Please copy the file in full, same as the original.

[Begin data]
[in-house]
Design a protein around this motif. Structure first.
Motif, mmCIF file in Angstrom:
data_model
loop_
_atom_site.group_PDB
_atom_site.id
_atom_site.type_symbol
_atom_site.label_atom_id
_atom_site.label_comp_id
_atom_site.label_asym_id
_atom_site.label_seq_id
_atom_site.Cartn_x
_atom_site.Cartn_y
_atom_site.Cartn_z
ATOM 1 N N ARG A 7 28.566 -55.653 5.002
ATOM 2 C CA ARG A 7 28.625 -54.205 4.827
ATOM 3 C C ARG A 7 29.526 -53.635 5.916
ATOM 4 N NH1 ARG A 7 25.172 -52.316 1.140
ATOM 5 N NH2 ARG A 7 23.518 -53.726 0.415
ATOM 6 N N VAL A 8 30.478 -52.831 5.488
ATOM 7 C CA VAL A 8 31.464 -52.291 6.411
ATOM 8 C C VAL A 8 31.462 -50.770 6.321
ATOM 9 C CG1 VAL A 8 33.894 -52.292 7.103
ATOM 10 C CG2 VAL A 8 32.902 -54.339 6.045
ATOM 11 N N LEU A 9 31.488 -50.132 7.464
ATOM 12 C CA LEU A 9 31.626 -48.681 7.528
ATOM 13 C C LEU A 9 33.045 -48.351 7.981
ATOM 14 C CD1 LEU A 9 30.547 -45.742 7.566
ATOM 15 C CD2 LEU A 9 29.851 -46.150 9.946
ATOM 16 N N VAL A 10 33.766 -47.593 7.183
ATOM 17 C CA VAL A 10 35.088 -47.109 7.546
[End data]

[in-house]
Design a protein around this motif. Structure first.
Motif, mmCIF file in Angstrom:
data_model
loop_
_atom_site.group_PDB
_atom_site.id
_atom_site.type_symbol
_atom_site.label_atom_id
_atom_site.label_comp_id
_atom_site.label_asym_id
_atom_site.label_seq_id
_atom_site.Cartn_x
_atom_site.Cartn_y
_atom_site.Cartn_z
ATOM 1 N N ARG A 7 28.566 -55.653 5.002
ATOM 2 C CA ARG A 7 28.625 -54.205 4.827
ATOM 3 C C ARG A 7 29.526 -53.635 5.916
ATOM 4 N NH1 ARG A 7 25.172 -52.316 1.140
ATOM 5 N NH2 ARG A 7 23.518 -53.726 0.415
ATOM 6 N N VAL A 8 30.478 -52.831 5.488
ATOM 7 C CA VAL A 8 31.464 -52.291 6.411
ATOM 8 C C VAL A 8 31.462 -50.770 6.321
ATOM 9 C CG1 VAL A 8 33.894 -52.292 7.103
ATOM 10 C CG2 VAL A 8 32.902 -54.339 6.045
ATOM 11 N N LEU A 9 31.488 -50.132 7.464
ATOM 12 C CA LEU A 9 31.626 -48.681 7.528
ATOM 13 C C LEU A 9 33.045 -48.351 7.981
ATOM 14 C CD1 LEU A 9 30.547 -45.742 7.566
ATOM 15 C CD2 LEU A 9 29.851 -46.150 9.946
ATOM 16 N N VAL A 10 33.766 -47.593 7.183
ATOM 17 C CA VAL A 10 35.088 -47.109 7.546